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A Deep Review on a Historical Brick Bridge in South Moravia; Reconstruction and Assessment

Written By

Denisa Boháčová and Eva Burgetová

Submitted: December 17th, 2021Reviewed: January 11th, 2022Published: March 22nd, 2022

DOI: 10.5772/intechopen.102602

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Applied Methods in Bridge Design Optimization - Theory and PracticeEdited by Khaled Ghaedi

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Applied Methods in Bridge Design Optimization - Theory and Practice [Working Title]

Dr. Khaled Ghaedi

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Abstract

The paper describes a structural survey of the brick arched bridge from the 17th century located in Portz Insel near the city Mikulov—in the historic cultural landscape on the Moravian-Austrian border. The bridge is consummate engineering work, originally equipped with a wooden lifting deck, reaching a respectable length of 91.5 m and with 3.7 m. It consists of 15 semi-circular vaulted arches divided by pilasters with double sizes pyramidal edges. It fascinates by its age and it is unparalleled as to the selection of the building material and design. The basic material analysis of the physical and mechanical properties of bridge bricks (moisture, water absorption, resonant frequencies, tensile and compressive strength) were tested including the assessment of the freeze resistance of the original bricks confirming their high quality and durability. The construction was not far from sinking into oblivion until recently when the reconstruction was carried out from 2019 to 2020 and the bridge masonry has been stabilised. Thanks to the inimitable quality of the bricks the construction has survived. The reconstruction of the bridge was awarded the title Monument of the year 2020 by National Heritage Institute.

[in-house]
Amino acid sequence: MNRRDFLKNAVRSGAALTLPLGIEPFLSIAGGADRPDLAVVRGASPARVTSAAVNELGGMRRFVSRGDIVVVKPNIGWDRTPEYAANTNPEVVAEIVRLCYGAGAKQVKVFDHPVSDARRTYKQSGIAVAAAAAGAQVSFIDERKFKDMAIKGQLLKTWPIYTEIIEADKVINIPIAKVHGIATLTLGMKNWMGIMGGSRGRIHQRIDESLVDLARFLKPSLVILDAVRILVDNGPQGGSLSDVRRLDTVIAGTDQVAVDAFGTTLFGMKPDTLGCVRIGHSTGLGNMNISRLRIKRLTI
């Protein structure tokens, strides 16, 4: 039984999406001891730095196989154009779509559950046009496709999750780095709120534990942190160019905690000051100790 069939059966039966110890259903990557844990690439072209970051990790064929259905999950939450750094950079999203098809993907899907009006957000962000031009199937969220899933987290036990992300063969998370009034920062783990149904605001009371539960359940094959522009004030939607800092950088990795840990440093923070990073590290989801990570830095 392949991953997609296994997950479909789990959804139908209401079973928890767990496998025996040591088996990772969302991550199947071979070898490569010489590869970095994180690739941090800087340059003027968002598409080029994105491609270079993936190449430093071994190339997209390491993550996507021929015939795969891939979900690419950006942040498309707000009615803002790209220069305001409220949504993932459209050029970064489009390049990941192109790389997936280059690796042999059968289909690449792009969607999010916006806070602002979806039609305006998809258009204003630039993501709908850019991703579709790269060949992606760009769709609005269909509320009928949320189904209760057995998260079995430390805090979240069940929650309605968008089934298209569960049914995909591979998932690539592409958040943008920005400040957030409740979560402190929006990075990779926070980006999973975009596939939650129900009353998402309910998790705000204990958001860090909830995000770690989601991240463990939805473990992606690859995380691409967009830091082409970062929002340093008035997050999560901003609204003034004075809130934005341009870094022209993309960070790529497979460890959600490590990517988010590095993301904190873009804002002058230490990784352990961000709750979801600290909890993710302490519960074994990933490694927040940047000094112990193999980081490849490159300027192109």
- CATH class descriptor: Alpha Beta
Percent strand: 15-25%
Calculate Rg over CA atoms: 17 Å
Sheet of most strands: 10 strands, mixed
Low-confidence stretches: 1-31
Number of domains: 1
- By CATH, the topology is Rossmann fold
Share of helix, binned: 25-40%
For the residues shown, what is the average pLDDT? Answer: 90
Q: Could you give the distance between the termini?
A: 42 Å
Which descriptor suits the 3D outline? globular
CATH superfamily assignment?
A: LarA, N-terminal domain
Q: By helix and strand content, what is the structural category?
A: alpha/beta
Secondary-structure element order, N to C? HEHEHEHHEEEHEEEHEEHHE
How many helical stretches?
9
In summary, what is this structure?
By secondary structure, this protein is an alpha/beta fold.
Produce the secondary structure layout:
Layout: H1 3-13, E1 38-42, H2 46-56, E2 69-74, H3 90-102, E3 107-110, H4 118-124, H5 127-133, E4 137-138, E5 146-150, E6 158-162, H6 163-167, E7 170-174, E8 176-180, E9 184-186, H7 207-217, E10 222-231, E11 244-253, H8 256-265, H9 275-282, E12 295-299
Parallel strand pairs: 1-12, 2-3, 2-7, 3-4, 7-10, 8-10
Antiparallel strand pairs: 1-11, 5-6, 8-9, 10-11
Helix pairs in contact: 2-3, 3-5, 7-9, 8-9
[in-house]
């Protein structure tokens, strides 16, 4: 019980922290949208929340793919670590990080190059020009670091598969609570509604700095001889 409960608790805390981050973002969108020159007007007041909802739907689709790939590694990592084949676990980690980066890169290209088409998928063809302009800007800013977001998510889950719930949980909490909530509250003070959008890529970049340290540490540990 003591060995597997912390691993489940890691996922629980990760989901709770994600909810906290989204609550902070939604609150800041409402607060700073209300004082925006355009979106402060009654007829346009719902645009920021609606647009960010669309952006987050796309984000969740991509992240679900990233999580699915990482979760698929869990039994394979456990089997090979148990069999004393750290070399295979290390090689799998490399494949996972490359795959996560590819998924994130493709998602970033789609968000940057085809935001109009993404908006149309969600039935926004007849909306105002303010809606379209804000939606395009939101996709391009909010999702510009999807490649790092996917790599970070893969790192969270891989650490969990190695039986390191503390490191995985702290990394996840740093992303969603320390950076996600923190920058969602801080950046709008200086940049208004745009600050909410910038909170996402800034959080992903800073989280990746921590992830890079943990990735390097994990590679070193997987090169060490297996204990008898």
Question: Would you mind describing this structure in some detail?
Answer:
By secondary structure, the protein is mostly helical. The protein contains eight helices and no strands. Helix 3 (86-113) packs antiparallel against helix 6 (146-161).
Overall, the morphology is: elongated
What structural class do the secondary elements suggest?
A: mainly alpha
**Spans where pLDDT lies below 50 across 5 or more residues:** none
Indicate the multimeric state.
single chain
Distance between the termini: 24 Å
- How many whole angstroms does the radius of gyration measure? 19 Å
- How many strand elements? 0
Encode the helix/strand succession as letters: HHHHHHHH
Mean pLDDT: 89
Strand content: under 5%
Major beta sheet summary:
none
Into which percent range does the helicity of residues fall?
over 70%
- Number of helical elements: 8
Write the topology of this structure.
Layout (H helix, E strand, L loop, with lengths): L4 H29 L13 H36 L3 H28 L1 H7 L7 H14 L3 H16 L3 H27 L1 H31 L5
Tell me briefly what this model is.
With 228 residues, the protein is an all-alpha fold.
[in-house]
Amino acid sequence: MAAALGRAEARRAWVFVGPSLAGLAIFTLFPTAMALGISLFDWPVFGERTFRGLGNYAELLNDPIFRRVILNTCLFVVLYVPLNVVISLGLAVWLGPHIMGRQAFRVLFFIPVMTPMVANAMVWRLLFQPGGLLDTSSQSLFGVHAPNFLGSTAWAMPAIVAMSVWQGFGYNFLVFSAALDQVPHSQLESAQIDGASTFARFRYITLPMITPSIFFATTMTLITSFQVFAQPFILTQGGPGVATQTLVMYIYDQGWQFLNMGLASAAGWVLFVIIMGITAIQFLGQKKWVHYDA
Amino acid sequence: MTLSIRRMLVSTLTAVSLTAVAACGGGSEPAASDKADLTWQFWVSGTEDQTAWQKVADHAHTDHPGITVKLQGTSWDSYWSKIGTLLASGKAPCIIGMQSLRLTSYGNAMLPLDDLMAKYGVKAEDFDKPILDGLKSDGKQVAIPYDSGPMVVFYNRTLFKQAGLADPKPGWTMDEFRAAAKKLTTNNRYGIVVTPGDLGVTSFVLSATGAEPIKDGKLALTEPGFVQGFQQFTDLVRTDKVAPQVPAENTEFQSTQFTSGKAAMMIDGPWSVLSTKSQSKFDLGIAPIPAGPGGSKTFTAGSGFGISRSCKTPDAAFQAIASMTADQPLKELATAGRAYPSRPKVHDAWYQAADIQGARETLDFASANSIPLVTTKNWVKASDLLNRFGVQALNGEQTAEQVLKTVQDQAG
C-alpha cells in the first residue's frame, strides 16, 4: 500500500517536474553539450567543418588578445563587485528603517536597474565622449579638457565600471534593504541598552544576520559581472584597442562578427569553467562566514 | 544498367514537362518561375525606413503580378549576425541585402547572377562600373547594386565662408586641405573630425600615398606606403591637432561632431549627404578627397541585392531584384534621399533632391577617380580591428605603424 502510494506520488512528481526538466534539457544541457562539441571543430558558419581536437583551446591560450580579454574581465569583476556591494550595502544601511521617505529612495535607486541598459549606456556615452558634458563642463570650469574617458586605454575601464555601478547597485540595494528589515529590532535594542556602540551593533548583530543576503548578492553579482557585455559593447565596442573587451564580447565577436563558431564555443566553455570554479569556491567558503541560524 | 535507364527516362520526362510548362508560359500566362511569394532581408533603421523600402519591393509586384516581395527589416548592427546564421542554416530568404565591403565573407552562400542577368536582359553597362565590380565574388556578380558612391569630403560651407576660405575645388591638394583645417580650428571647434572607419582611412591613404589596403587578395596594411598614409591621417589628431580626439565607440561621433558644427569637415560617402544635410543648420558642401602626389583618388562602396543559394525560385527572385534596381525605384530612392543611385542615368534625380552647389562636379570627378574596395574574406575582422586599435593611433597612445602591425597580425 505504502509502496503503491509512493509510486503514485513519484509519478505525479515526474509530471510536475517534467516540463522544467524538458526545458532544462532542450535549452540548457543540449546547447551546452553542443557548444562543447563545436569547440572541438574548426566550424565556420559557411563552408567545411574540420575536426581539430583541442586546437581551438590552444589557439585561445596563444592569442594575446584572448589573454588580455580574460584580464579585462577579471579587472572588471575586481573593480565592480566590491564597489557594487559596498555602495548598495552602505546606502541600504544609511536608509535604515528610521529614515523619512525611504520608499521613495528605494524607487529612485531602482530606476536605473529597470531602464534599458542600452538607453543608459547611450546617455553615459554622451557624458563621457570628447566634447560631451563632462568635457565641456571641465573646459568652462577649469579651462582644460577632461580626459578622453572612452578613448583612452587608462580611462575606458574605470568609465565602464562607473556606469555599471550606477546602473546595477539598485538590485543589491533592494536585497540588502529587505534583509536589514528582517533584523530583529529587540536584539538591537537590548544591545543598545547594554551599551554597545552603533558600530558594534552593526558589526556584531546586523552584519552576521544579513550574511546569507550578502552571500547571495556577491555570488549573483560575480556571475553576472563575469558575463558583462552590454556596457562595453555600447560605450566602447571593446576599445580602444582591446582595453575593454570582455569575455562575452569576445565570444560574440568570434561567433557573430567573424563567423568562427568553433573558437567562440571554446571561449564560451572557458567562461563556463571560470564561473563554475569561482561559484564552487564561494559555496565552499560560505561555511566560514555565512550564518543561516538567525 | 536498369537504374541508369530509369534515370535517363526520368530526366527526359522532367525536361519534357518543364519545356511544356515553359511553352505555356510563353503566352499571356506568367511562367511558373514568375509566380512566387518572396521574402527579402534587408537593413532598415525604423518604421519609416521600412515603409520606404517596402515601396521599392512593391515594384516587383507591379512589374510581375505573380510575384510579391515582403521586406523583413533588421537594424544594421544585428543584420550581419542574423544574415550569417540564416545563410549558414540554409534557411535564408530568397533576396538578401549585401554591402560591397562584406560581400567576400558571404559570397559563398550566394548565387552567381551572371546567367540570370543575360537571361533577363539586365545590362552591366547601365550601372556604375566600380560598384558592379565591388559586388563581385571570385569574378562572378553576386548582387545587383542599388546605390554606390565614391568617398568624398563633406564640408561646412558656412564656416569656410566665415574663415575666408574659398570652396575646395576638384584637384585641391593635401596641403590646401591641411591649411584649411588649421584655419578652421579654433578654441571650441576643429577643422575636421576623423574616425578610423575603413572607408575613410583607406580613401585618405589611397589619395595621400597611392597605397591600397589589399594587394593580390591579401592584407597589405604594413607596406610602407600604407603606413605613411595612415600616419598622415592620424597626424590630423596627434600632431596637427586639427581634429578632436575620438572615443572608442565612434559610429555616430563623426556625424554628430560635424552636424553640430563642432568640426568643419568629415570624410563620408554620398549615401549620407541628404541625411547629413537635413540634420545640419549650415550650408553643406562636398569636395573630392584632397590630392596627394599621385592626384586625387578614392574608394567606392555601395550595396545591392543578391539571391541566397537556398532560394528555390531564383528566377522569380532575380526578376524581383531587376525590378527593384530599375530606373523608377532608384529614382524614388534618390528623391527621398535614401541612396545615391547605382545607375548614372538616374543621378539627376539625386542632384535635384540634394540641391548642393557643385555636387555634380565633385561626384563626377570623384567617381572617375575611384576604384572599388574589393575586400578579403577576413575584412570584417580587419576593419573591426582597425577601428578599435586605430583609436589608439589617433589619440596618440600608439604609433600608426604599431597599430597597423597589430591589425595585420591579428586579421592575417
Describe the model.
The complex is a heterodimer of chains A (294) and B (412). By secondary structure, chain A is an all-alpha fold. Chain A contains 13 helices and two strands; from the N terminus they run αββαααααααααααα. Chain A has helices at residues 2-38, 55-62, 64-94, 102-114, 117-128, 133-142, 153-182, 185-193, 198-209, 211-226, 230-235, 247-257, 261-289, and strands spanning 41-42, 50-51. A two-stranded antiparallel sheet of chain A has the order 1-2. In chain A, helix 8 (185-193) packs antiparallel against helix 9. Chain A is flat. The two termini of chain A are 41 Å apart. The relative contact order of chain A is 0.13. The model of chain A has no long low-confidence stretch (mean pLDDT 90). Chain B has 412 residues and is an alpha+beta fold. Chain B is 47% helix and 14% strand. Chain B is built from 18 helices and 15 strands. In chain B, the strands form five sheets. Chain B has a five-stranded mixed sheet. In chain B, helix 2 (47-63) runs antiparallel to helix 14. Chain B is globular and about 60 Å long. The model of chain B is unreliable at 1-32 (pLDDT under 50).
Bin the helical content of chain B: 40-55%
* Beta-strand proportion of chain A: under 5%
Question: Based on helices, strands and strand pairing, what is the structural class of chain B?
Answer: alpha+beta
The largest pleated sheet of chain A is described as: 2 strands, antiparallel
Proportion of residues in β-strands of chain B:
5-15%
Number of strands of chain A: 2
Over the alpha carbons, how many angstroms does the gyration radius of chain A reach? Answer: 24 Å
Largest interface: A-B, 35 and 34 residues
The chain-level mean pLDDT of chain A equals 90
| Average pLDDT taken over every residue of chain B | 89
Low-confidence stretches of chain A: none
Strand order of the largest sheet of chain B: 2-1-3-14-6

Keywords

  • historic bridge
  • structural survey
  • experimental testing
  • reconstruction
  • historic technologies

1. Introduction

The large cultural landscape along the border of South Moravia and Lower Austria used to be one continuous area. A varied array of unique monuments related to the evolution of the landscape from ancient times to the present has been preserved. This area became rich thanks to the extraordinary financial potential of the then landowners (the Dietrichsteins, the Liechtensteins, and many other noble families). Their wealth, broad cultural vision, purposefulness, ambition and other contemporary values, along with the effect of positive rivalry, are permanently imprinted on the distinctive character of the landscape.

The project “Portz Insel Project—Accessing and reconstruction of a designed historic landscape”was carried out by the City of Mikulov and Drasenhofen in Austria. The preparation of the project began in 2016 and subsequent preparatory steps were taken. In 2018, a subsidy for the project execution from the cooperation programme “Interreg V-A Austria-Czech Republic 2014–2020”was approved. From September 2018 to June 2020 the project itself was carried out. Its main goal was to renovate and provide access to the historic brick bridge with 15 arches and connect the bridge through the renovation of the old road network in the municipalities of Mikulov—Drasenhofen (Figure 1).

Figure 1.

Historic brick bridge.

The completed project aimed to restore the historically valuable area situated in the locality of the peninsula named Portz Insel. It used to be part of the designed peri-urban landscape, whose development was commissioned by Franz Cardinal Dietrichstein in the 17th century. It was one of the earliest generously urbanised landscapes in Moravia and likely also in the larger territory north of the Alps. The island complex, accessible over the long brick bridge supported by arched abutments and connected to the City of Mikulov through a two and a half kilometre long allée, originally an access road for carriages, was an extraordinary work of architecture of its time. It was still described by historians as a landscape jewel of unique beauty in the late nineteenth century [1].